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Easy round robin backfires on Canada at world juniors

Canada's head coach Don Hay runs through drills in a practice the day after the team's crushing loss to the Russians.

Todd Korol/Reuters/Todd Korol/Reuters

In some ways, the world junior hockey championship has become a victim of its own success.

At least as far as Team Canada 2012 is concerned, knocked silly for two periods in the first true test it faced and then, once it finally found itself, not quite able to mount the comeback that would have taken it for the 11th consecutive year into the gold-medal game.

"It's not the end of the world," Canada head coach Don Hay said Wednesday morning at the Hockey Canada practice complex here.

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And it most assuredly isn't. Far from it, considering this young and healthy team of future millionaires still has a chance to make it 14 years in a row on the podium – including five consecutive gold medals – Thursday afternoon when it meets Finland to decide the bronze medal.

"Not many teams," Hay added unnecessarily, "that can say they came away from this tournament with a medal."

Just three of the 10 – and that may be where some discussion might take place.

There is simply no denying the success of the world junior tournament, especially when it is played in hockey-mad Canada. The 2012 organizers believe they will set new tournament records in attendance (600,000 tickets), in revenues ($80-million plus), in 50/50 draws (a win equals the price of a new home in most other parts of the country) and perhaps even in television viewership.

To no surprise, the tournament has grown. There are more teams, now 10 where there were once eight, and it goes on for a long two weeks. The teams get divided into two groups – one in Edmonton this year, one in Calgary – and while the divisions are dictated by the results of the year before, it can prove sadly out of balance, as was the case in 2012.

"You play the games you are scheduled to play," Hay said Wednesday without saying anything more.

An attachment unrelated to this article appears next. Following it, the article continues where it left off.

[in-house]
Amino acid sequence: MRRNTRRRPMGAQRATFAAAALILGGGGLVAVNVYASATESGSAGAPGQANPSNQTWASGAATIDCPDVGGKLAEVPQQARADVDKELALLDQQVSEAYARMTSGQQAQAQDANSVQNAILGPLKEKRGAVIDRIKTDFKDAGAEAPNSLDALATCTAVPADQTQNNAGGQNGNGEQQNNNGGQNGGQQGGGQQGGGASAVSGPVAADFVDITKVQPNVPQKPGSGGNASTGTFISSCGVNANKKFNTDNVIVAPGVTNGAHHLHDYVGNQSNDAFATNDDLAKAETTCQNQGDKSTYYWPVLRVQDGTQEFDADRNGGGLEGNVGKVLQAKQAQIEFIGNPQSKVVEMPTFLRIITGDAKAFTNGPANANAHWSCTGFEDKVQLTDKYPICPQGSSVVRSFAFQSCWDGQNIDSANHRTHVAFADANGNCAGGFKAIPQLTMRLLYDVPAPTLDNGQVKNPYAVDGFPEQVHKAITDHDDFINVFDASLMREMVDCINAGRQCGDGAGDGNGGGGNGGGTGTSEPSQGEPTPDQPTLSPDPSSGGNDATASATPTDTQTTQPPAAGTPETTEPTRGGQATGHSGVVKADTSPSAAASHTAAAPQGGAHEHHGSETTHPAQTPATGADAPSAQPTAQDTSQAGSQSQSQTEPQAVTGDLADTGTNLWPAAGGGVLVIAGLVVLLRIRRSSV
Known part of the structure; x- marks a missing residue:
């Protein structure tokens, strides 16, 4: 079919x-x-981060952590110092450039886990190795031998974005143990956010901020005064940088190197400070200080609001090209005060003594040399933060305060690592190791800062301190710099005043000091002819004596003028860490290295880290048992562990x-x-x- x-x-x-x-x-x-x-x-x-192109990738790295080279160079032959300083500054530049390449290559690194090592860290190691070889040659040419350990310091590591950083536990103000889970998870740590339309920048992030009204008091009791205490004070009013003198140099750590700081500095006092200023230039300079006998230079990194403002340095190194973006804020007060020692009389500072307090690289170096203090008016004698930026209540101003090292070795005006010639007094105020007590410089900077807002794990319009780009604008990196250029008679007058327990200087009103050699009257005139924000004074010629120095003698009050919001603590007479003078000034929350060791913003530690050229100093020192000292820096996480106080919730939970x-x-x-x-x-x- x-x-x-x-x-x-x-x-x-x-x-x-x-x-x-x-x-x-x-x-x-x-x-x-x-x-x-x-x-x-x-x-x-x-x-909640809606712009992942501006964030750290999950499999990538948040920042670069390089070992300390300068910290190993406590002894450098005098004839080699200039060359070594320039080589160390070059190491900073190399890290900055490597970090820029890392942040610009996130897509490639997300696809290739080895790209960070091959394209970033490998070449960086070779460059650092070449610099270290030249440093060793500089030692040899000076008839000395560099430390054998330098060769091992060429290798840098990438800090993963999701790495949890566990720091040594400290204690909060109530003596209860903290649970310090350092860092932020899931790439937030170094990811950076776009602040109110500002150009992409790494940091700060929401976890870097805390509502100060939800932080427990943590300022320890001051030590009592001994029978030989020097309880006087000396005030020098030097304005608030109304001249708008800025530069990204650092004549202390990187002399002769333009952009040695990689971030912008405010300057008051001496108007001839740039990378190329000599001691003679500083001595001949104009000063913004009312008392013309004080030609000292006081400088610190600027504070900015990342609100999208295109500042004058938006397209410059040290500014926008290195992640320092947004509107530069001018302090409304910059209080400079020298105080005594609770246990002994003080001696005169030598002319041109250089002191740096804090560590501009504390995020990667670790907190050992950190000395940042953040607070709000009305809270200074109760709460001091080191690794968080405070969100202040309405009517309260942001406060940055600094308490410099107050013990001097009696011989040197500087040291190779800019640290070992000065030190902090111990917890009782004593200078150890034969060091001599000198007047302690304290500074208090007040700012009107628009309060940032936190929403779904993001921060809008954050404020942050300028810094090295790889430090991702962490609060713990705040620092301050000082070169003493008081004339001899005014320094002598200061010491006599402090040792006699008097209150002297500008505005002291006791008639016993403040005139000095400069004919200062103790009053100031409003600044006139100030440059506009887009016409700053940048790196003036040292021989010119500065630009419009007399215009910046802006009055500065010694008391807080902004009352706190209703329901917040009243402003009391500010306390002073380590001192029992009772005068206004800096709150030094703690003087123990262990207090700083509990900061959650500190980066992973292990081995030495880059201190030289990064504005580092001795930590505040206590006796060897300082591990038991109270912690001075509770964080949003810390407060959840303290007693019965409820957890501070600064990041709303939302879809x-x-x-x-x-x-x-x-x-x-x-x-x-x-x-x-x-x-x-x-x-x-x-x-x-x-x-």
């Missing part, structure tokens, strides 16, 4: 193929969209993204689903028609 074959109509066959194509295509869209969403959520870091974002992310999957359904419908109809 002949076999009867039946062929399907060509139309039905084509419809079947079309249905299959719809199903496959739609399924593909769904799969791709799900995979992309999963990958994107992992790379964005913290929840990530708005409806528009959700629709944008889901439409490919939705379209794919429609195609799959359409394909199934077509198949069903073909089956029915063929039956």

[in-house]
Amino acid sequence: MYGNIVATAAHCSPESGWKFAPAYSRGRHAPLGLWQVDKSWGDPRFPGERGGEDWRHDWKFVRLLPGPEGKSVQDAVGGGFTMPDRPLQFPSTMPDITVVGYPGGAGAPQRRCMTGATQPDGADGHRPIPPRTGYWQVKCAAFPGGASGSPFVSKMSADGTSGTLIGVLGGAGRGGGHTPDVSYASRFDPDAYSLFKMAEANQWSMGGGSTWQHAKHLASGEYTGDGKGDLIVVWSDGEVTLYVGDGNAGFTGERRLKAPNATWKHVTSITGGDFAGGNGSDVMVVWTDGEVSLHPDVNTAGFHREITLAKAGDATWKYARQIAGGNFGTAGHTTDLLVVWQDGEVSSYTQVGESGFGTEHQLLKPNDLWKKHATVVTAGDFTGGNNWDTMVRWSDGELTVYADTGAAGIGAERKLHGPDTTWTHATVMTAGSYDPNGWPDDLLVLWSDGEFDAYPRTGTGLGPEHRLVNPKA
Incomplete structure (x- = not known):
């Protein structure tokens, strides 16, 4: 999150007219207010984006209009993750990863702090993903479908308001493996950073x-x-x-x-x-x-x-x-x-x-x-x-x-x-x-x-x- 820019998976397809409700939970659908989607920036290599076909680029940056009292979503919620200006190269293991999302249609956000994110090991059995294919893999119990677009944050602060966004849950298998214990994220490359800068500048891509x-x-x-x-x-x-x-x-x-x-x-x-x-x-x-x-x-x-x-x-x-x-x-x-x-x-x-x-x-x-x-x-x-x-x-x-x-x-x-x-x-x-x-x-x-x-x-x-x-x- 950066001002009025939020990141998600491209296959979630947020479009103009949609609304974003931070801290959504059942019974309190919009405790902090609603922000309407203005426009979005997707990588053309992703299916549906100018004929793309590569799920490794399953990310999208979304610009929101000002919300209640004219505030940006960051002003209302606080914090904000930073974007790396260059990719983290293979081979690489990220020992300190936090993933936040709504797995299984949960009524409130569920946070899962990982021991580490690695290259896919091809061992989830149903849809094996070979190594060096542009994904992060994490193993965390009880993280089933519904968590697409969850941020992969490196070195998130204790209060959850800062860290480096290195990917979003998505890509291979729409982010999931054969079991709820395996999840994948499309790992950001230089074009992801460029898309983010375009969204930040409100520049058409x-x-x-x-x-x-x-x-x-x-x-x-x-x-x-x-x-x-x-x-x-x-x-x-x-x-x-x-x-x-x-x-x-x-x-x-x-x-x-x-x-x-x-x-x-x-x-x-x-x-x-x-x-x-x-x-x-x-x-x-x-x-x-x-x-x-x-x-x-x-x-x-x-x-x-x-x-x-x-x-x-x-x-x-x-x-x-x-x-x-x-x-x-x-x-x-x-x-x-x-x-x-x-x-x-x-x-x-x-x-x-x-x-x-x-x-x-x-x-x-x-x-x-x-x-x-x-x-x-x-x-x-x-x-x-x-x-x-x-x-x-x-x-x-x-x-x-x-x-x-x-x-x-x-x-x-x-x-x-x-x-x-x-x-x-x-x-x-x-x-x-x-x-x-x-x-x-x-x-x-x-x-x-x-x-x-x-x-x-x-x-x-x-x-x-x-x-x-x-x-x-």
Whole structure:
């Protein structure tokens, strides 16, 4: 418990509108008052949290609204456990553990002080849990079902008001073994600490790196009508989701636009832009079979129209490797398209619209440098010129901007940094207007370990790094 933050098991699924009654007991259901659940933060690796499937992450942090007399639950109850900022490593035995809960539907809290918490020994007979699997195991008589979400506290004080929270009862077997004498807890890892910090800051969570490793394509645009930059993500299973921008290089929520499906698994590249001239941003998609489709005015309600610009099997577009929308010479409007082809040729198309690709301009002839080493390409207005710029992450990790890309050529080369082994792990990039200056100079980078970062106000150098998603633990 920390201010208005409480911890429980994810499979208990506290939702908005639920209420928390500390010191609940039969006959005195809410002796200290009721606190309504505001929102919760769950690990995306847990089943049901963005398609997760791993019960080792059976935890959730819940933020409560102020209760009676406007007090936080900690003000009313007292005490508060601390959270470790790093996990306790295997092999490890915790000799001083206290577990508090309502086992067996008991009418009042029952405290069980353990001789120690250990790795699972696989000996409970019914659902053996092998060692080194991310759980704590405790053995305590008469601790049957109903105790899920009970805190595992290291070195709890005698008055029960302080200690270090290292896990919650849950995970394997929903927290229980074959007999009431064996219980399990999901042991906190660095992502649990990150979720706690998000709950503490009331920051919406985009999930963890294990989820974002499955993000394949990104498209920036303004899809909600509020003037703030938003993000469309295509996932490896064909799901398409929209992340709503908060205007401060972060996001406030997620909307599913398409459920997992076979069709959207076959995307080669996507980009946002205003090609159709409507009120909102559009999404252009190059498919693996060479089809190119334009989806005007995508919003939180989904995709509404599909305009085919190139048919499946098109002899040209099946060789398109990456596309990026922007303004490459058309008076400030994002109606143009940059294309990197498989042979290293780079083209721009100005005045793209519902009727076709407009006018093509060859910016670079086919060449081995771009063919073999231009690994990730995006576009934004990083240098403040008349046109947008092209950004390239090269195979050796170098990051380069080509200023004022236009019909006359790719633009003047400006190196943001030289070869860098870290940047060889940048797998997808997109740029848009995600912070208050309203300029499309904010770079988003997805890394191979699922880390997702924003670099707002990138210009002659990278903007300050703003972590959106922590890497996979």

So let us expand for him. Canada played Finland, Czech Republic, Denmark and the United States. The hockey in Edmonton was dismal, for the most part. The Canadians ended the round with an aggregate score of 26-5. They were never challenged, never tested, though they pretended to have met "adversity" briefly New Year's Eve when the Americans came within a goal in a 3-2 Canadian win.

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They saw no adversity whatsoever. The Americans came back because the game had already been rendered utterly meaningless. The Canadians had a 3-0 lead and lost focus just as a little U.S. pride kicked in.

In never losing in Edmonton, the Canadians arrived in Calgary with a bye straight into the semi-final, straight up against the speedy, skilled, determined Russians. The Russians scored first – the first time the Canadians were ever behind in the tournament – and were up 6-1 early in the third period. The Canadians had been stunned by the first true challenge they faced.

"We kind of didn't know how to deal with it," said goaltender Scott Wedgewood, who was pulled before the game was half over.

They figured it out, though – as so often happens to Canadian players – and they became a true team in the third period and very nearly pulled off perhaps the greatest upset in tournament history. But it was too late.

What, however, if they had only been truly challenged before the semi-final? Ten teams is too many, especially considering the weakness of the likes of Latvia and Denmark. There has even been a proposal – heaven forbid – to go to 12 teams and a longer tournament.

Canada might have been far better off not to have had that bye. It might have benefited from having to play in the quarter-finals on Monday, as Russia had. One more chance to find that elusive team.

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If the Olympics can be used as a fair guide, history suggests that a little early adversity, true adversity, is exactly what Canadian hockey players thrive on. At the 2002 Games in Salt Lake City, Canada lost in the early going 5-2 to Sweden and had to play Finland in the quarter-final. It squeaked through with a 2-1 victory, then whipped Belarus 7-1 in the semi-final and won the gold medal with a convincing 5-2 victory over the United States.

Similarly at the Vancouver Games in 2010, Canada lost early to a strong U.S. team, 5-3, beat Russia in the quarter-finals 7-3 and barely survived a late-surge by spunky Slovakia to win the semi-final match 3-2. The NHL stars won their second Olympic gold by beating the Americans 3-2 on Sidney Crosby's overtime goal.

In both instances, the Canadians were tested early and also had that extra game in which to find their team personality.

Something that took until the third period of a must-win game in Calgary.

And by then it was too late.

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About the Author

Roy MacGregor was born in the small village of Whitney, Ont., in 1948. Before joining The Globe and Mail in 2002, he worked for the National Post, the Ottawa Citizen, Maclean's magazine (three separate times), the Toronto Star and The Canadian Magazine. More

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